At 76-78°F (24-25°C) let the dough proof, untouched but covered, for 2 hours. This time period is flexible and dependent on the temperature: if it’s cooler, let it proof longer, and conversely, if it’s warm you might be able to bake sooner. By the end of bulk, the dough should be very gassy and it should have risen in the rectangular container (see images below). If you poke it with wet fingers it’ll feel extremely soft — like poking a marshmallow.
OVERNIGHT OPTION: Instead of proofing the dough at room temperature for 2 hours, cover the rectangular pan with an airtight cover and transfer to the fridge. The next day, take out the dough and let it come to room temperature and finish proofing.
The rectangular pan I use fits perfectly inside my B&T Dough Proofer. I keep it inside the proofer, covered with reusable plastic, and set to 78°F until ready to bake.
About 30 minutes before you anticipate the dough being ready, preheat the oven to 450°F (232°C) with a rack placed in the bottom third (a baking stone is not necessary).
Top & Bake – 3:15 p.m.
First, dimple the unadorned dough with wet fingers. Make sure the dimples are evenly spaced and go all the way down to the bottom of the pan. Then, drizzle on 1-2 tablespoons of your extra virgin olive oil and sprinkle with herbs and coarse sea salt. If using other toppings, add them now as well — I like to press them into the dough gently.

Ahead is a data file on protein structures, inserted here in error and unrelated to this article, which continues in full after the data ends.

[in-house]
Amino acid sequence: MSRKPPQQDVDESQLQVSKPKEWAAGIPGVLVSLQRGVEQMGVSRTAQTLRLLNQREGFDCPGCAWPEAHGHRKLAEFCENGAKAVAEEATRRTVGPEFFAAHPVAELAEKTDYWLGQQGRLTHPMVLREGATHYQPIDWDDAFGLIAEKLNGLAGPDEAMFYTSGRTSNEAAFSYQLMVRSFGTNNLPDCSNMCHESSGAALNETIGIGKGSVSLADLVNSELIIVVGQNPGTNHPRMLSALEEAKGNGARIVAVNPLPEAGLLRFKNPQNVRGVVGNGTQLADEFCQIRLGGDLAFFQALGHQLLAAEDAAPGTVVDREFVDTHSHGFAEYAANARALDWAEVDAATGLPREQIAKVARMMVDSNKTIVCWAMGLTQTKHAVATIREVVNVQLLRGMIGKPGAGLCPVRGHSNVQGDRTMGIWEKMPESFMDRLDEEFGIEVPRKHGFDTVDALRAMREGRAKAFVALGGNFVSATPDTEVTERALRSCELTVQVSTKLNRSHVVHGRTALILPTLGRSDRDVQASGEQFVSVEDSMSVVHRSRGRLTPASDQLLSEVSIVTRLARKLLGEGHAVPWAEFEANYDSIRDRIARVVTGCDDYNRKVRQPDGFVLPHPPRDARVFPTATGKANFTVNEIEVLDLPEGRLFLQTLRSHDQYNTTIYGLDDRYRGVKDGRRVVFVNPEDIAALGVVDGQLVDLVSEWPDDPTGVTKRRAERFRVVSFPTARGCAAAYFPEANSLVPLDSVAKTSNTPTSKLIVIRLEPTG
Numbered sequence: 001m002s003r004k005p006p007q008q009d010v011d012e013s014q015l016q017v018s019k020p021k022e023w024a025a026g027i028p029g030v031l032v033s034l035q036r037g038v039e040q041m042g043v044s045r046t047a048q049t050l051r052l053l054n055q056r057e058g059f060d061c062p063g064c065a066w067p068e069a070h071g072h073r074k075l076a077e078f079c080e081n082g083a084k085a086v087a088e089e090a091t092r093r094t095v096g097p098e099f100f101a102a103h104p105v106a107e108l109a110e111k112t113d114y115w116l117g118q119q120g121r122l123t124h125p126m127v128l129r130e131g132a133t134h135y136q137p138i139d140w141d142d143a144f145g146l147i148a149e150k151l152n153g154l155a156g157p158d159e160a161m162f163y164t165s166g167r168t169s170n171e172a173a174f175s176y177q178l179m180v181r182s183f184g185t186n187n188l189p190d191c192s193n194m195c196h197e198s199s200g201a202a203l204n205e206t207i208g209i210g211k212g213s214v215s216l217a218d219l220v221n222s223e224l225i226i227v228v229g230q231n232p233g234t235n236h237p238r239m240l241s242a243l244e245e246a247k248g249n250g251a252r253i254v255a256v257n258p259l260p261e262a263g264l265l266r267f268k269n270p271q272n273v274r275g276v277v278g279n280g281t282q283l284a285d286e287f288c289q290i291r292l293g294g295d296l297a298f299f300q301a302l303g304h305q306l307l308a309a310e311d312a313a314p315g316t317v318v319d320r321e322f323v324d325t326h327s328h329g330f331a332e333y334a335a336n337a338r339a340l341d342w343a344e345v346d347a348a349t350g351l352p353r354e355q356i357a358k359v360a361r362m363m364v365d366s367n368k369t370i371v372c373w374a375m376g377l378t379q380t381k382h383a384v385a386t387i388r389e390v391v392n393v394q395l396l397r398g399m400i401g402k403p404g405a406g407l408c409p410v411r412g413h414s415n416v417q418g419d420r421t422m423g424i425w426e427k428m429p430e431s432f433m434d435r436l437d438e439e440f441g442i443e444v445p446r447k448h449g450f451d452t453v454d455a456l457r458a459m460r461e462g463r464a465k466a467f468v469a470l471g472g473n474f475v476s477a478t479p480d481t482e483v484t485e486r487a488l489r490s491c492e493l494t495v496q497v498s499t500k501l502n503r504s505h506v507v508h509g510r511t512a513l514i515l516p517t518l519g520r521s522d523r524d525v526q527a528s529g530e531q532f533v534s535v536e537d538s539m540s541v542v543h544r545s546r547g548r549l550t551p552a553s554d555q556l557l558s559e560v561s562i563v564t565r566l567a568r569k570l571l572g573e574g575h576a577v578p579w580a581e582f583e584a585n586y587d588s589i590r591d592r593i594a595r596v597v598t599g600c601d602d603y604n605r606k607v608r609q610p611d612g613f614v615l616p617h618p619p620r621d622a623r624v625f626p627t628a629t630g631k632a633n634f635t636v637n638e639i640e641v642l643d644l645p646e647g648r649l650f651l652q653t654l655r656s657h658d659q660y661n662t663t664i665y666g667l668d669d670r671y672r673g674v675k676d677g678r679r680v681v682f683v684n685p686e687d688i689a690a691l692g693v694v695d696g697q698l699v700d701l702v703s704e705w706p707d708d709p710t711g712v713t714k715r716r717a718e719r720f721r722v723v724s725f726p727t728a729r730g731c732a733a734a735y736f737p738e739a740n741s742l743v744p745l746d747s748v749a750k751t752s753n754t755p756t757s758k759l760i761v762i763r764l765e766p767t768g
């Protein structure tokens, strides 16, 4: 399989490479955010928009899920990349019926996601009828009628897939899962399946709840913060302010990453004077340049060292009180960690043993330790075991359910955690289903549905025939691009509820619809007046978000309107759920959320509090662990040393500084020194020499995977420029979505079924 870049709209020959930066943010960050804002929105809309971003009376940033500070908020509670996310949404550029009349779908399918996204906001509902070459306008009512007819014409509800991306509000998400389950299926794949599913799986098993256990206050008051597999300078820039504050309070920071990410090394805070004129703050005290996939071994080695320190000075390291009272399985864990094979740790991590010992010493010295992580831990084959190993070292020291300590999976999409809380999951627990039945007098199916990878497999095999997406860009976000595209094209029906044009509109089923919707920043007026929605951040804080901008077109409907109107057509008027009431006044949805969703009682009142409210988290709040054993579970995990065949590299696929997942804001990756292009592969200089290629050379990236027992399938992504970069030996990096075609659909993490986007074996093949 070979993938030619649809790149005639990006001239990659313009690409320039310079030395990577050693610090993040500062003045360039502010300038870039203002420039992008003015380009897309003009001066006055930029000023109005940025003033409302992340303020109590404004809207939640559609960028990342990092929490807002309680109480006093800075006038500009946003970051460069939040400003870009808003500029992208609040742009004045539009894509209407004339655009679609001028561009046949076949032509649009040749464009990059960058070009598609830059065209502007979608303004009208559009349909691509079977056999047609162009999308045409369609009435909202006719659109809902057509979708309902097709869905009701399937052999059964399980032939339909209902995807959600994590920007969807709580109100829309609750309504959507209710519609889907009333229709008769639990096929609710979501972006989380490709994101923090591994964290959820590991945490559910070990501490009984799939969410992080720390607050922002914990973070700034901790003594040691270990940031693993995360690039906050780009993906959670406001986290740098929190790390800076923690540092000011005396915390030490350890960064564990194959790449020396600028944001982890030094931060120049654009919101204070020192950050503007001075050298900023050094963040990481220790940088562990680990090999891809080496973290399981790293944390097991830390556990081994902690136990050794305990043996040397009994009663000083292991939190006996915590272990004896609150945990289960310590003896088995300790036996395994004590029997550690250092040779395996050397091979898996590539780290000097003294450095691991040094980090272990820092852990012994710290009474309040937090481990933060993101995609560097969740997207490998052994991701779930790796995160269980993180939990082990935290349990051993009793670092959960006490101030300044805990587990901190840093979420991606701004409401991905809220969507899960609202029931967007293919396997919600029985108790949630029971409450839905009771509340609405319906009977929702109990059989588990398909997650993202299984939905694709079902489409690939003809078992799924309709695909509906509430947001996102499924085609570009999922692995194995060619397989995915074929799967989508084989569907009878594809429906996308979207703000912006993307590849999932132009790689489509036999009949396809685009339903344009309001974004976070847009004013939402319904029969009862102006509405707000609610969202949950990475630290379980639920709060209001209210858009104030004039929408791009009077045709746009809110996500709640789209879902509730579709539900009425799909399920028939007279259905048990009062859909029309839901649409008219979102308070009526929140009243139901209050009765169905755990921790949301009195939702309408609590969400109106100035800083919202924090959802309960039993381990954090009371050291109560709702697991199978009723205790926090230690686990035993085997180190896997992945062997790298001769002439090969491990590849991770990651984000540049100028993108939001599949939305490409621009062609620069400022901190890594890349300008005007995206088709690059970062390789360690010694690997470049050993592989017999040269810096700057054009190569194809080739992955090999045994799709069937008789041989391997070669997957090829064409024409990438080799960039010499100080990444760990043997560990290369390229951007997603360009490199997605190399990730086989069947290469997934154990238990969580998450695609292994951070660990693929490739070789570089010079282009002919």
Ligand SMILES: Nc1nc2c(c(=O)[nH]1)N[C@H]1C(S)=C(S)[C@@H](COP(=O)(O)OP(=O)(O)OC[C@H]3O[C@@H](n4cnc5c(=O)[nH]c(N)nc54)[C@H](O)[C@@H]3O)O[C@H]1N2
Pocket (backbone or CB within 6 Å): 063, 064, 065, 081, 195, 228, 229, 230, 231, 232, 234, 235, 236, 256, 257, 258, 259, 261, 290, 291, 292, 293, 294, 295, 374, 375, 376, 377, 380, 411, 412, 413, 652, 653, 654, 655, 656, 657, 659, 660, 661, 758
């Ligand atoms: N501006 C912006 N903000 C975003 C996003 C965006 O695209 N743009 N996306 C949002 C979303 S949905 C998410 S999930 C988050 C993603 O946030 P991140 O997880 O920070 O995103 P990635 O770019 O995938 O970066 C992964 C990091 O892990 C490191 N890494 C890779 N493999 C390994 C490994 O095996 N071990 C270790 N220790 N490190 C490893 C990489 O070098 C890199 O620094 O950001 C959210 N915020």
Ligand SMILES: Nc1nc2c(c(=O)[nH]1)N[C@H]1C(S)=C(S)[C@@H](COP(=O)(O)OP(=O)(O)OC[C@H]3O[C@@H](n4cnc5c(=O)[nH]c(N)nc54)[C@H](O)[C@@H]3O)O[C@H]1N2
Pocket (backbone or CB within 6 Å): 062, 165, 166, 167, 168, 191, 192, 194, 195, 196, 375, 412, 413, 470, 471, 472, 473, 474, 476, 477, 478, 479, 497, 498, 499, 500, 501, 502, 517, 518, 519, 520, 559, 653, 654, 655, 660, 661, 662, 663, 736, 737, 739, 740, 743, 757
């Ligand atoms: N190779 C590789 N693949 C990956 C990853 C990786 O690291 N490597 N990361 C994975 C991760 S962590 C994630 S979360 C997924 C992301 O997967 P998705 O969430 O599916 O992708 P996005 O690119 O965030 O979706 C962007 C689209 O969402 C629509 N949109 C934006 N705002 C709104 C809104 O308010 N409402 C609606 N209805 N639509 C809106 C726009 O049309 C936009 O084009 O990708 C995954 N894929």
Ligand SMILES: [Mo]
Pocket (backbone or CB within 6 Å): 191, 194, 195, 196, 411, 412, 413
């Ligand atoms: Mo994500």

Bake the focaccia in the oven at 450°F (232°C) until deeply colored on top, about 30 minutes. Rotate the pan front-to-back halfway through this time. Keep an eye on it during the last 5 minutes and pull it out if it’s coloring too quickly, or leave it in longer if you’d like it a little darker.
Let the focaccia cool a few minutes in the pan, then transfer to a cooling rack. It’s fantastic warm from the oven, and best on the day of baking, but it’ll keep well for a
When topping the well-risen dough, and smelling the fruity, fresh-pressed Jovial Olio Nuovo and chopped rosemary, my excitement started to grow. This excitement intensified as the pan was placed in the oven and began to fill the house with the most intoxicating aroma. The melange of baking dough, toasted herbs, olive oil, and briny olives had me checking the oven frequently — as if checking on it would expedite things. Sit tight, wait for it to finish, I told myself as I gently slapped my hand from opening the door yet again.
Thanks to the copious addition of high-quality olive oil, both in the mix and sandwiching it above and below, the dough bakes to a crisp and turns a beautiful golden brown. Biting through a slice first provides a faint resistance, then, gives way to a soft and ultra-tender interior. A perfect mix of flavors, textures, and an experience best savored, as if you’re at the beach without an agenda.
This simple and rustic focaccia, made with a naturally leavened dough and topped with just the right balance of ingredients, brings me right back to the blue waters of the Adriatic, the sun in my eyes, and thick crunchy slices of bread eaten with haste. The only things absent are the beautiful white paper and all those little bits of sand that seem to work their way into just about everything — yea, I can do without that.
Thanks so much to Jovial for supplying me with their wonderful olive oil and for sponsoring this focaccia recipe! As usual, the content and opinions here are my own.
If you try this recipe I’d love to see it! Tag @maurizio on Instagram and hashtag your photo #theperfectloaf so I can take a look!